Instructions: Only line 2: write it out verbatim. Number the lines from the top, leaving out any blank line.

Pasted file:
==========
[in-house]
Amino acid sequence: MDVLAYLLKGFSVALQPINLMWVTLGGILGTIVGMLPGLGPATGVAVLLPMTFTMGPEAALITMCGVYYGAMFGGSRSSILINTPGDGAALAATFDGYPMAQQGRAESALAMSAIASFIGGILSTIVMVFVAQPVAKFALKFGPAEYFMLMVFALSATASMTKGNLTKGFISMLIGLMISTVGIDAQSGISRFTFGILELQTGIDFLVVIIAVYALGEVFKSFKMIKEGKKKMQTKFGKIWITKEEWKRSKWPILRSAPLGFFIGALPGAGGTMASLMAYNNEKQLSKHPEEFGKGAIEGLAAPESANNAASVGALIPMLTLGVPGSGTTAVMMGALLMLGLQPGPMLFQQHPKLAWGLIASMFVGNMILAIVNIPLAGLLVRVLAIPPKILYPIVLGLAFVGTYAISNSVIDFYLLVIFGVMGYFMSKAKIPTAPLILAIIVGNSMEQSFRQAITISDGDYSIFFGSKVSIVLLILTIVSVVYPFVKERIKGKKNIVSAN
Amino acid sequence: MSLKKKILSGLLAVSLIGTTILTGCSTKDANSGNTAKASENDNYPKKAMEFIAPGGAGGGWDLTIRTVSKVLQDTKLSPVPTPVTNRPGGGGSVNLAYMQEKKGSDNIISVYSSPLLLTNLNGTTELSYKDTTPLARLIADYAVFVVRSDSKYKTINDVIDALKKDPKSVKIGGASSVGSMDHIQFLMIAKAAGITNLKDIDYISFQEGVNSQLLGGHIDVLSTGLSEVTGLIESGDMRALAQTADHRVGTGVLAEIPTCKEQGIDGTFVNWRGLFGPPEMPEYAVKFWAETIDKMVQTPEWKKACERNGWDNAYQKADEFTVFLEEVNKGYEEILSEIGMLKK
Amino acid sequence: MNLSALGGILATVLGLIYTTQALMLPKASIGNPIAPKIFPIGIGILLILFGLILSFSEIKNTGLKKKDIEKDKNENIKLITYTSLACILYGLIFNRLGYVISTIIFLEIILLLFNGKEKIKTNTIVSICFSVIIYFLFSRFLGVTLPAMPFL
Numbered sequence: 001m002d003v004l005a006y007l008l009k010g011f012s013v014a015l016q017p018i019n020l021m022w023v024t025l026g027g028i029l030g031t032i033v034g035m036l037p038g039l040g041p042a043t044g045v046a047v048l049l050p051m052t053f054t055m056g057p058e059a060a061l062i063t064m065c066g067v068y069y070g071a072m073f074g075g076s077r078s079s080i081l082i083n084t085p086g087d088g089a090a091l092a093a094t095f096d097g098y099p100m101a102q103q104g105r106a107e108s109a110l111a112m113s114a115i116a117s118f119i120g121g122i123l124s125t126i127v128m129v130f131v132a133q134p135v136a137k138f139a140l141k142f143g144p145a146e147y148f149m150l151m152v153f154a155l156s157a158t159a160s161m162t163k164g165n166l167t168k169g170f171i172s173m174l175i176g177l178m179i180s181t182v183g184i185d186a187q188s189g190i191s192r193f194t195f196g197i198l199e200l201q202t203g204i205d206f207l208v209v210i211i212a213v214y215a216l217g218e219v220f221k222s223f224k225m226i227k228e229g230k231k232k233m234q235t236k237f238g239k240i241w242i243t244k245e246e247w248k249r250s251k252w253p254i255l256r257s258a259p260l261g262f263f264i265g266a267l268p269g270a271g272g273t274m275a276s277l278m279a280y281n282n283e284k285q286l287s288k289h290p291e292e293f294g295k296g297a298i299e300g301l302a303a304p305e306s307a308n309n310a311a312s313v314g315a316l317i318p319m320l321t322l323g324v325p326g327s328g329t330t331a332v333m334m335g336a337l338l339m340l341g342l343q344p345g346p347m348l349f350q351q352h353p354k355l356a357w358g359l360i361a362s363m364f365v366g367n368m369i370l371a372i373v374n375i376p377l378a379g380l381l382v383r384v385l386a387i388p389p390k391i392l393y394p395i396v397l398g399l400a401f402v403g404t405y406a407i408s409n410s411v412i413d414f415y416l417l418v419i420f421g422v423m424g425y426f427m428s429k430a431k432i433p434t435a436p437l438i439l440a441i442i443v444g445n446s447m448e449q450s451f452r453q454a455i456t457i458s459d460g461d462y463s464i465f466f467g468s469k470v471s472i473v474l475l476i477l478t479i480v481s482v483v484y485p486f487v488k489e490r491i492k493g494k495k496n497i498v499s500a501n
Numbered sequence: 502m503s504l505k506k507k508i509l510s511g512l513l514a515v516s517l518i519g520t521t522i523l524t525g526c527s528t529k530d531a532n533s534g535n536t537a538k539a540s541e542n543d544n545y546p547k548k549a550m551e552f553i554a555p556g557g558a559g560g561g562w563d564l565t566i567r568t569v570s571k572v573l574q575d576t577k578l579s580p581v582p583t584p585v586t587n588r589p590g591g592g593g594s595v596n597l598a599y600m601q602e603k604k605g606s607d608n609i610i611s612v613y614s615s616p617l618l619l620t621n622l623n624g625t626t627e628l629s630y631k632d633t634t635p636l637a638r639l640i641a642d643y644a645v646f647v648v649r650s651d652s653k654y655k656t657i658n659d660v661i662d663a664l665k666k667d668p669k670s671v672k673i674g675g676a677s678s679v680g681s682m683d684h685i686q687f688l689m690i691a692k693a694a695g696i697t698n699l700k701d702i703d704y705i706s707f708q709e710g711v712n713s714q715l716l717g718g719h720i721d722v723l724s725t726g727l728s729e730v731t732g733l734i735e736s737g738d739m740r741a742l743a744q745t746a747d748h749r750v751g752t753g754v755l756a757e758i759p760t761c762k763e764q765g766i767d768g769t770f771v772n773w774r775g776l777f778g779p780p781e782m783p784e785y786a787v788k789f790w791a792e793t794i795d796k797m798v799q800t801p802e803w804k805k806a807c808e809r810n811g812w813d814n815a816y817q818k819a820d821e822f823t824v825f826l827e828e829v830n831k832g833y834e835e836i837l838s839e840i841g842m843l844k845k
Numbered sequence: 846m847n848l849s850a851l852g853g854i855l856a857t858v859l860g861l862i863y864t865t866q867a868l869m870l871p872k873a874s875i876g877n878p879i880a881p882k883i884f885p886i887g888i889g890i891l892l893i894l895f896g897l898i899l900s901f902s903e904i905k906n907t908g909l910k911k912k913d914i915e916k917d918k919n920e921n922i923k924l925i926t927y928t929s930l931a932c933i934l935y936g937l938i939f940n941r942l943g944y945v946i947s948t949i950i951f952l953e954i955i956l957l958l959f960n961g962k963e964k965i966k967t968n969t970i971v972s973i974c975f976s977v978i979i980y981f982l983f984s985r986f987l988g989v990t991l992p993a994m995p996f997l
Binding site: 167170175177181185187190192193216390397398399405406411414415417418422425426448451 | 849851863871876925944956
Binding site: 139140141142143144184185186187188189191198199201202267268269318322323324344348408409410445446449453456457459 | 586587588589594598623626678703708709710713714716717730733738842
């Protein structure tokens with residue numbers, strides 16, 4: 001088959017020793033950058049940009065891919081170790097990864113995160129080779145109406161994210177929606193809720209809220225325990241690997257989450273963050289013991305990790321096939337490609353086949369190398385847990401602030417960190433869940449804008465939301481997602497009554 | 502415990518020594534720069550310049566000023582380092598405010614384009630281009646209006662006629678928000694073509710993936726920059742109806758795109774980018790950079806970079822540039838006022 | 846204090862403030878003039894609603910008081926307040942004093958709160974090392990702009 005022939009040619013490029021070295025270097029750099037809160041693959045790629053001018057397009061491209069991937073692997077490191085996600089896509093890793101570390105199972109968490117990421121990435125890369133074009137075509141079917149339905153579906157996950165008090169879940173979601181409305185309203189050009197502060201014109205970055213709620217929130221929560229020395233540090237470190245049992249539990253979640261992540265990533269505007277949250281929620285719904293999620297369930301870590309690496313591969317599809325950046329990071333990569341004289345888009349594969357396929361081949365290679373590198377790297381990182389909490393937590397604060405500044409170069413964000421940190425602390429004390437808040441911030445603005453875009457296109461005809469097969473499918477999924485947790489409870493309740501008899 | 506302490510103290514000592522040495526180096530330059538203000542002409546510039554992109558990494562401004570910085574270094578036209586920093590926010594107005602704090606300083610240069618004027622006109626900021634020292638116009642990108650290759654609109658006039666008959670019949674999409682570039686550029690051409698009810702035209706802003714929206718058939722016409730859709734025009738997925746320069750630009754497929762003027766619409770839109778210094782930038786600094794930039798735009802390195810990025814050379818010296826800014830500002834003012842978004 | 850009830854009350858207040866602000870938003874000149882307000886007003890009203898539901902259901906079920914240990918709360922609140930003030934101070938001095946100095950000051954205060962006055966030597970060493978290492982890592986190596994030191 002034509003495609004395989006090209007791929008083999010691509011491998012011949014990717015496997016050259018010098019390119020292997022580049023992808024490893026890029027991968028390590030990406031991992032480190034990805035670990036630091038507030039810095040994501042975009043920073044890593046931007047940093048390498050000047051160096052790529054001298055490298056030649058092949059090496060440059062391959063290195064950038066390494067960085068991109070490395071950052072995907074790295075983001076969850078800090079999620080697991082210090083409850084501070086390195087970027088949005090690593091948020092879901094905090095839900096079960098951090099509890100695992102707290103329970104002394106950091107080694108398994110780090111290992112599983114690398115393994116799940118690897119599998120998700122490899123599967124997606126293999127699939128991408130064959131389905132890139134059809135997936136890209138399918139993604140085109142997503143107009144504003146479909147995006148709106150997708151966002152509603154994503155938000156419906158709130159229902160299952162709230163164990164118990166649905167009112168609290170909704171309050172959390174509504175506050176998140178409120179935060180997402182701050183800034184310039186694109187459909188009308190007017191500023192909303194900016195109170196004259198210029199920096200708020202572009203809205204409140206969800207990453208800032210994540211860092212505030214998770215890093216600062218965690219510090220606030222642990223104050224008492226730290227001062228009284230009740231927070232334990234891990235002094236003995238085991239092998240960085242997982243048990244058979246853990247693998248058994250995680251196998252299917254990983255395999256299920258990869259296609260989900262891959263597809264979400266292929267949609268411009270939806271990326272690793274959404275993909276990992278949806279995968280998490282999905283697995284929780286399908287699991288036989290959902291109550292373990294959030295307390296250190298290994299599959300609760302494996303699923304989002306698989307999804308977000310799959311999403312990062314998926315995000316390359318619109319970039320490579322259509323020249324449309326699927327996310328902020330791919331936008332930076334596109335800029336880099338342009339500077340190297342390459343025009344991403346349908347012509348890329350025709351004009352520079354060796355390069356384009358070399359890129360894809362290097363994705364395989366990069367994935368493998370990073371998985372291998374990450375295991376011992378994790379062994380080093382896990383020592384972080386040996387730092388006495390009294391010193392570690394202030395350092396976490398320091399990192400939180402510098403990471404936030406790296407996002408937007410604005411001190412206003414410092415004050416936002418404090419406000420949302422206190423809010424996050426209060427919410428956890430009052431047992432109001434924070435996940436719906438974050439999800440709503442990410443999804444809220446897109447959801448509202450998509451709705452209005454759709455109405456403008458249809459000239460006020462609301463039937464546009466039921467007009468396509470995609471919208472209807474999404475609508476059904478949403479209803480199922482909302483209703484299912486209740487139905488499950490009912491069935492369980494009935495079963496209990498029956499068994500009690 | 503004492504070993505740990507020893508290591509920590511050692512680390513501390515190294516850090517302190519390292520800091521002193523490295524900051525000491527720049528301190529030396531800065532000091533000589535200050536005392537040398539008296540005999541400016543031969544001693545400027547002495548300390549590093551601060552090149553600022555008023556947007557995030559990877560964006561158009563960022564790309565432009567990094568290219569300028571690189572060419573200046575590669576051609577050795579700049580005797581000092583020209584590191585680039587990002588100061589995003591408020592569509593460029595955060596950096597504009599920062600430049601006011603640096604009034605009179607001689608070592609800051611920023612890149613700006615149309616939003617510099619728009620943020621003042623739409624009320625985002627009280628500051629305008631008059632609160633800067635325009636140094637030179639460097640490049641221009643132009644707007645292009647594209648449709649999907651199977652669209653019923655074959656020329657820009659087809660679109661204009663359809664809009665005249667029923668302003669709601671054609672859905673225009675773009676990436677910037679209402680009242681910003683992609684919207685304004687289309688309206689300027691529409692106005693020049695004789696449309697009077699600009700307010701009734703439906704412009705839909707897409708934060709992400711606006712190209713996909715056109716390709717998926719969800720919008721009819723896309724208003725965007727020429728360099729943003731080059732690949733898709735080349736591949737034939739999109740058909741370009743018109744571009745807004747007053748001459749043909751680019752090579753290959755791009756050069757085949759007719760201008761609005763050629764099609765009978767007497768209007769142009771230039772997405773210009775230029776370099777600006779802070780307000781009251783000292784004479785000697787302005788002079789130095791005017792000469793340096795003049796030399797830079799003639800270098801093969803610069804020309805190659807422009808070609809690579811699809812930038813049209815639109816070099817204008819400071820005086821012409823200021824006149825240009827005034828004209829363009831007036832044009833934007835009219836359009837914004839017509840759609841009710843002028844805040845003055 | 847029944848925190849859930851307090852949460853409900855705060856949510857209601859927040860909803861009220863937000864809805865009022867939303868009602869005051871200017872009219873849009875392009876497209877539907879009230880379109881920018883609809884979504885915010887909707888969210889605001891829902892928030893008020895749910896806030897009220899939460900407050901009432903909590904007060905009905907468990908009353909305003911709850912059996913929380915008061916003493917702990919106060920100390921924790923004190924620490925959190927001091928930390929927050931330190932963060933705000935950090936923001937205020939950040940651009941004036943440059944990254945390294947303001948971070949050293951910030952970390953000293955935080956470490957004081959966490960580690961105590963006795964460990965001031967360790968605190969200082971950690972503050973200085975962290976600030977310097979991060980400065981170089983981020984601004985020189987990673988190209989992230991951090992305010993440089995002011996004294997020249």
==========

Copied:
Amino acid sequence: MDVLAYLLKGFSVALQPINLMWVTLGGILGTIVGMLPGLGPATGVAVLLPMTFTMGPEAALITMCGVYYGAMFGGSRSSILINTPGDGAALAATFDGYPMAQQGRAESALAMSAIASFIGGILSTIVMVFVAQPVAKFALKFGPAEYFMLMVFALSATASMTKGNLTKGFISMLIGLMISTVGIDAQSGISRFTFGILELQTGIDFLVVIIAVYALGEVFKSFKMIKEGKKKMQTKFGKIWITKEEWKRSKWPILRSAPLGFFIGALPGAGGTMASLMAYNNEKQLSKHPEEFGKGAIEGLAAPESANNAASVGALIPMLTLGVPGSGTTAVMMGALLMLGLQPGPMLFQQHPKLAWGLIASMFVGNMILAIVNIPLAGLLVRVLAIPPKILYPIVLGLAFVGTYAISNSVIDFYLLVIFGVMGYFMSKAKIPTAPLILAIIVGNSMEQSFRQAITISDGDYSIFFGSKVSIVLLILTIVSVVYPFVKERIKGKKNIVSAN